The economic downturn affecting the oil industry in Angola and Mozambique means Portuguese firms are now targeting property, agriculture and Francophone Africa.
With the fall in oil prices having caused a downturn in the economies of Angola and Mozambique, lawyers in Portugal argue that it is essential that law firms begin to look for non-oil and gas-related opportunities in Lusophone Africa as well as potential business in other parts of the continent.
Rui Amendoeira, managing partner at Miranda, Correia, Amendoeira & Associados, has no doubts that building practices in African countries other than Angola and Mozambique - which have traditionally been the primary focus of Portuguese firms - is a realistic strategy. He adds: "It's not just realistic, but a must, given the economic downturn that Angola is experiencing at the moment - it is critical for Portuguese firms to look beyond these two jurisdictions, where there is a lot more competition these days."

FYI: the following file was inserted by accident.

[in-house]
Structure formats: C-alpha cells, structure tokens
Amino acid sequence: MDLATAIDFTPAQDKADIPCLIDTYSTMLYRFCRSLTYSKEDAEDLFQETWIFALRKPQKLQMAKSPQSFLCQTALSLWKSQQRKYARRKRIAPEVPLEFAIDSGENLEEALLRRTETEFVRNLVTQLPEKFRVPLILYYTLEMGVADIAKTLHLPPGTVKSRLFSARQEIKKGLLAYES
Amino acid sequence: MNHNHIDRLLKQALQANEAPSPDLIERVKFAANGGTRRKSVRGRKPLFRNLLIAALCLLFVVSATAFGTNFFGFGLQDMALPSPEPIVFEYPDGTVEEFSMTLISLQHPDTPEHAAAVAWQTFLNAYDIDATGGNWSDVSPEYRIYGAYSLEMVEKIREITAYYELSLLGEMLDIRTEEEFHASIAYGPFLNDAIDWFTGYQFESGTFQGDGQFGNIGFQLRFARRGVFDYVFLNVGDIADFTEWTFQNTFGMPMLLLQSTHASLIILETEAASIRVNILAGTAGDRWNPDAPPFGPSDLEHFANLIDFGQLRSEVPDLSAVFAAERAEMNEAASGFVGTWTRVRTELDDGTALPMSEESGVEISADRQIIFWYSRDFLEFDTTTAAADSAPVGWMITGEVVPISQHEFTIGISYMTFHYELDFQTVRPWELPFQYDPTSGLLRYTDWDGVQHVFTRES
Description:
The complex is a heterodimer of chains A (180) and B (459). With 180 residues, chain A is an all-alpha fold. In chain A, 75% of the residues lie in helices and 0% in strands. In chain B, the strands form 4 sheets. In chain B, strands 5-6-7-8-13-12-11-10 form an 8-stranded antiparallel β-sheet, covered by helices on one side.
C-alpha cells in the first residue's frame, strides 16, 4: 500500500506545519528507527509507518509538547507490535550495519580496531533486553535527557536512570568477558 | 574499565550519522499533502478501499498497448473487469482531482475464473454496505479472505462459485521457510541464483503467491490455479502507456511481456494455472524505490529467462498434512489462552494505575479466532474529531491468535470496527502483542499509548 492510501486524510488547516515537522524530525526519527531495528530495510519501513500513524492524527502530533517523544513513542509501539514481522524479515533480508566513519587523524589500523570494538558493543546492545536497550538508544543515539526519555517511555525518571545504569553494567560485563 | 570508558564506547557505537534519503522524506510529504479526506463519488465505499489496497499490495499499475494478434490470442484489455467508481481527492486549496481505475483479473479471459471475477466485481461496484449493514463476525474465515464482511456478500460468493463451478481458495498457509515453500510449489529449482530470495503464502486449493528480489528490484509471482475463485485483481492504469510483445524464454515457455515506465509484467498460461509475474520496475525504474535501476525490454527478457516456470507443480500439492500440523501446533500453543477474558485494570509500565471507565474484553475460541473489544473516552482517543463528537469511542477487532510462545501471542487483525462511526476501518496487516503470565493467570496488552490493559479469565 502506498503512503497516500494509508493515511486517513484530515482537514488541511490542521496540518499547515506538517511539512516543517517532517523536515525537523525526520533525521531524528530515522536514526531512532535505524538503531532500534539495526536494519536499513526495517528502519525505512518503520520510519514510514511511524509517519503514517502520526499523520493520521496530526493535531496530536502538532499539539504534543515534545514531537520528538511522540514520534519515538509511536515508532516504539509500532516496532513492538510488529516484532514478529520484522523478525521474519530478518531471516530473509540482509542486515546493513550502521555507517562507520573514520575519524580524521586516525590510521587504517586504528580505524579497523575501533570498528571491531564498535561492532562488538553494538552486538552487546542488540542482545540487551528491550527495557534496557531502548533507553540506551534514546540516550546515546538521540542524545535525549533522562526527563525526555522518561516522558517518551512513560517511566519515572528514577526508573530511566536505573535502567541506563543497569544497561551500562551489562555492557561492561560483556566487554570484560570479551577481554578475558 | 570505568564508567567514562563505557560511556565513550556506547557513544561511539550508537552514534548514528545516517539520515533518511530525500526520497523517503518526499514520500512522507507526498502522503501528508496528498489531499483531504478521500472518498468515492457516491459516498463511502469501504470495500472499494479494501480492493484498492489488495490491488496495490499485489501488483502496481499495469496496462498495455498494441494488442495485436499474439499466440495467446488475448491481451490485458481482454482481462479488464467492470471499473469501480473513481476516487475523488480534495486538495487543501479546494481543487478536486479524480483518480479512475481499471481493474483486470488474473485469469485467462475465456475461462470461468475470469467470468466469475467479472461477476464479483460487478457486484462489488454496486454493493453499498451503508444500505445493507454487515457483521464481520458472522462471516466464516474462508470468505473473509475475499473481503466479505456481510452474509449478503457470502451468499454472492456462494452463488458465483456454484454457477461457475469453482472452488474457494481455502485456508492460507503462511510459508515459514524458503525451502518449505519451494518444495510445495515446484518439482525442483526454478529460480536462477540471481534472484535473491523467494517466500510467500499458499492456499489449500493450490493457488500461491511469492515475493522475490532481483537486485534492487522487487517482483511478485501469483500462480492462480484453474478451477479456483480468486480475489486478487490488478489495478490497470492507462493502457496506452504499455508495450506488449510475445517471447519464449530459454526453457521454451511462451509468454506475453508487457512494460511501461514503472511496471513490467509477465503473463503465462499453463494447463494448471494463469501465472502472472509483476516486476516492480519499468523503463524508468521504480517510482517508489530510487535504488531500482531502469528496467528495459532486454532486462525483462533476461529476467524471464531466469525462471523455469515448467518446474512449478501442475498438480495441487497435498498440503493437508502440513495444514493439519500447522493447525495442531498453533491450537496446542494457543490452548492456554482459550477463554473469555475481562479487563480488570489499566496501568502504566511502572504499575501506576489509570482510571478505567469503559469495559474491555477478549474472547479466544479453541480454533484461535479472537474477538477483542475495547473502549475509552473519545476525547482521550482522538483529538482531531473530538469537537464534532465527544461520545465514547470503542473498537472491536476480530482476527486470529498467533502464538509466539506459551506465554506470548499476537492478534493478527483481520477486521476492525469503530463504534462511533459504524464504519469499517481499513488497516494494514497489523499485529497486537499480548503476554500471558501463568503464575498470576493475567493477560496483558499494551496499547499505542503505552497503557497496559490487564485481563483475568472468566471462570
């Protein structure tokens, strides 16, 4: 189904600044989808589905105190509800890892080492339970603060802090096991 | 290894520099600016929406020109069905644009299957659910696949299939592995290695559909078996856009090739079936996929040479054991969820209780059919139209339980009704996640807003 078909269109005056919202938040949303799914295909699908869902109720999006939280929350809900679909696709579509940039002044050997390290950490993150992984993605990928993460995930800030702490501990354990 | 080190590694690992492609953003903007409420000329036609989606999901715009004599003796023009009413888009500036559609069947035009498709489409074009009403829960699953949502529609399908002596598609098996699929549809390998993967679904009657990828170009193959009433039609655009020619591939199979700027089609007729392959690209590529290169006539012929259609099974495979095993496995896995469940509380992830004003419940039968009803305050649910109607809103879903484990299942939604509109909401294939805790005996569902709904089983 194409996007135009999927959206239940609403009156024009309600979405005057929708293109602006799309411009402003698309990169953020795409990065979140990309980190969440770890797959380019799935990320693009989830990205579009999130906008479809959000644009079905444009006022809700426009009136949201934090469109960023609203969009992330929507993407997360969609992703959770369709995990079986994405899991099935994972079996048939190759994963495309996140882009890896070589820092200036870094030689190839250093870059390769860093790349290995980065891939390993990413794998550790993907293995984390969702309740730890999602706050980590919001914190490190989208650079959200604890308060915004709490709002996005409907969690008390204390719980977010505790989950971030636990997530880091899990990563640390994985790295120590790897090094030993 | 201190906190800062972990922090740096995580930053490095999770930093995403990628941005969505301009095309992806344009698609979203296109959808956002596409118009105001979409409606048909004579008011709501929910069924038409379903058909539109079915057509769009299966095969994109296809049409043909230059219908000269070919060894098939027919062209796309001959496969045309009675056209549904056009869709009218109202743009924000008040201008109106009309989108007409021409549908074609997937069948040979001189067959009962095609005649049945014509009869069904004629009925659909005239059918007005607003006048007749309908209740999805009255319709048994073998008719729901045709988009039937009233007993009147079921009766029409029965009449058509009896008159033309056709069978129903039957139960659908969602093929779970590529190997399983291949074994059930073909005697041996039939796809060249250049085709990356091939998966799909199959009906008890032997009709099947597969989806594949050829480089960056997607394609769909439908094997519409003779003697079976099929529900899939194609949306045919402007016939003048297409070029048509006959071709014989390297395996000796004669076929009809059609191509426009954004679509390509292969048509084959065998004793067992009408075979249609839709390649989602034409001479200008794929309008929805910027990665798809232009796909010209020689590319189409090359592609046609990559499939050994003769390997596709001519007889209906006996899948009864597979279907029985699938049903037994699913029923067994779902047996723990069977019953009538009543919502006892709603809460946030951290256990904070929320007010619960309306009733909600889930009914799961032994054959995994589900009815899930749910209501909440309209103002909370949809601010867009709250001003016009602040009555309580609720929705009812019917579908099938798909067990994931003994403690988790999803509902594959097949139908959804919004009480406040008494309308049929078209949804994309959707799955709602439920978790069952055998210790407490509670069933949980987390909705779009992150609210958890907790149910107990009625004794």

This was the strategy behind Miranda's decision to expand into Francophone Africa, specifically Gabon, Cameroon, the Democratic Republic of the Congo and the Congo. To aid this expansion, Miranda last year announced it had added Paris-based firm Cabinet Sophie da Cunha to its Miranda Alliance network. With regard to the Democratic Republic of the Congo, Amendoeira highlights the "increasing activity" in the infrastructure, mining and telecommunications sectors.
However, Amendoeira says viewing large firms from the US and UK as competitors in Africa, or actually attempting to compete with them would be a "big mistake". He adds: "Miranda has been working in tandem with these firms, in some cases for 25 years - we can assist international law firms by providing a bridge into Africa for their clients."
With regard to non oil and gas-related opportunities in Lusophone Africa, Amendoeira says investors are targeting deals in the property and agriculture sectors. "In Mozambique, there has been recent investment in commercial real estate," he adds. "Meanwhile, prior to the civil war, Angola was a key exporter of coffee, tobacco, rice and maize." In addition, Amendoeira says there is a booming tourist industry in Cape Verde, while São Tomé and Principé are gaining popularity as holiday destinations.
Rui Mayer, a partner at Cuatrecasas, Gonçalves Pereira, points to the Democratic Republic of the Congo, Malawi, Kenya, Namibia and Equatorial Guinea as active markets for...